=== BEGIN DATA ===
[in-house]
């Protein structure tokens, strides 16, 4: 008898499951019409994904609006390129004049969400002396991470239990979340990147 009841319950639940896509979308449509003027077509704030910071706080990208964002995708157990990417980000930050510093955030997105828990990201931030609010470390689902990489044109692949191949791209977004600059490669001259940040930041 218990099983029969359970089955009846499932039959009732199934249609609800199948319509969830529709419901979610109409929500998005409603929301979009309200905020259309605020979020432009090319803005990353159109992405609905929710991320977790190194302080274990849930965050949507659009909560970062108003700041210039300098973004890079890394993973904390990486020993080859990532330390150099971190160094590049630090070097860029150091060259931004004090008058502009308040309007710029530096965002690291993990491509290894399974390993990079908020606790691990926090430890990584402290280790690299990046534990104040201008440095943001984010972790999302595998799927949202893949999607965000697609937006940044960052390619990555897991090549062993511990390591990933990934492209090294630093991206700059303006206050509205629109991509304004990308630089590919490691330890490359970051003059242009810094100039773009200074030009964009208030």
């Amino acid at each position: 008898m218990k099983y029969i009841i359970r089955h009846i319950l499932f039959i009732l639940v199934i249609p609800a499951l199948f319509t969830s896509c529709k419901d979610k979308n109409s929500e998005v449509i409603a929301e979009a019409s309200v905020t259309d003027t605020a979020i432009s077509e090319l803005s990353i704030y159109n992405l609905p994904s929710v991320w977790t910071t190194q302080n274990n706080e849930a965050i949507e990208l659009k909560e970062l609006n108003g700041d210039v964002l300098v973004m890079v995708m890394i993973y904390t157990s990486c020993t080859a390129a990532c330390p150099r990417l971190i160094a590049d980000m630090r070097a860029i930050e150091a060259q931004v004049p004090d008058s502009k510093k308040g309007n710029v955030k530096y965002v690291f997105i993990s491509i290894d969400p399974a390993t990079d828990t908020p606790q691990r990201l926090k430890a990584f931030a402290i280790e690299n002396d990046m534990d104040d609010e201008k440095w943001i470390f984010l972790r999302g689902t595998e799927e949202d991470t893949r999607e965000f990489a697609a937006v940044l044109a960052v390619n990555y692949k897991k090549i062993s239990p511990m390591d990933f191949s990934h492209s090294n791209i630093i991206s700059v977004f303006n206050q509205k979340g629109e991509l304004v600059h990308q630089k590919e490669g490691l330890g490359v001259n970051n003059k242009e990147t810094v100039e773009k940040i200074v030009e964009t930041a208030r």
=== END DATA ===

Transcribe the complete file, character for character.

[in-house]
């Protein structure tokens, strides 16, 4: 008898499951019409994904609006390129004049969400002396991470239990979340990147 009841319950639940896509979308449509003027077509704030910071706080990208964002995708157990990417980000930050510093955030997105828990990201931030609010470390689902990489044109692949191949791209977004600059490669001259940040930041 218990099983029969359970089955009846499932039959009732199934249609609800199948319509969830529709419901979610109409929500998005409603929301979009309200905020259309605020979020432009090319803005990353159109992405609905929710991320977790190194302080274990849930965050949507659009909560970062108003700041210039300098973004890079890394993973904390990486020993080859990532330390150099971190160094590049630090070097860029150091060259931004004090008058502009308040309007710029530096965002690291993990491509290894399974390993990079908020606790691990926090430890990584402290280790690299990046534990104040201008440095943001984010972790999302595998799927949202893949999607965000697609937006940044960052390619990555897991090549062993511990390591990933990934492209090294630093991206700059303006206050509205629109991509304004990308630089590919490691330890490359970051003059242009810094100039773009200074030009964009208030």
């Amino acid at each position: 008898m218990k099983y029969i009841i359970r089955h009846i319950l499932f039959i009732l639940v199934i249609p609800a499951l199948f319509t969830s896509c529709k419901d979610k979308n109409s929500e998005v449509i409603a929301e979009a019409s309200v905020t259309d003027t605020a979020i432009s077509e090319l803005s990353i704030y159109n992405l609905p994904s929710v991320w977790t910071t190194q302080n274990n706080e849930a965050i949507e990208l659009k909560e970062l609006n108003g700041d210039v964002l300098v973004m890079v995708m890394i993973y904390t157990s990486c020993t080859a390129a990532c330390p150099r990417l971190i160094a590049d980000m630090r070097a860029i930050e150091a060259q931004v004049p004090d008058s502009k510093k308040g309007n710029v955030k530096y965002v690291f997105i993990s491509i290894d969400p399974a390993t990079d828990t908020p606790q691990r990201l926090k430890a990584f931030a402290i280790e690299n002396d990046m534990d104040d609010e201008k440095w943001i470390f984010l972790r999302g689902t595998e799927e949202d991470t893949r999607e965000f990489a697609a937006v940044l044109a960052v390619n990555y692949k897991k090549i062993s239990p511990m390591d990933f191949s990934h492209s090294n791209i630093i991206s700059v977004f303006n206050q509205k979340g629109e991509l304004v600059h990308q630089k590919e490669g490691l330890g490359v001259n970051n003059k242009e990147t810094v100039e773009k940040i200074v030009e964009t930041a208030r």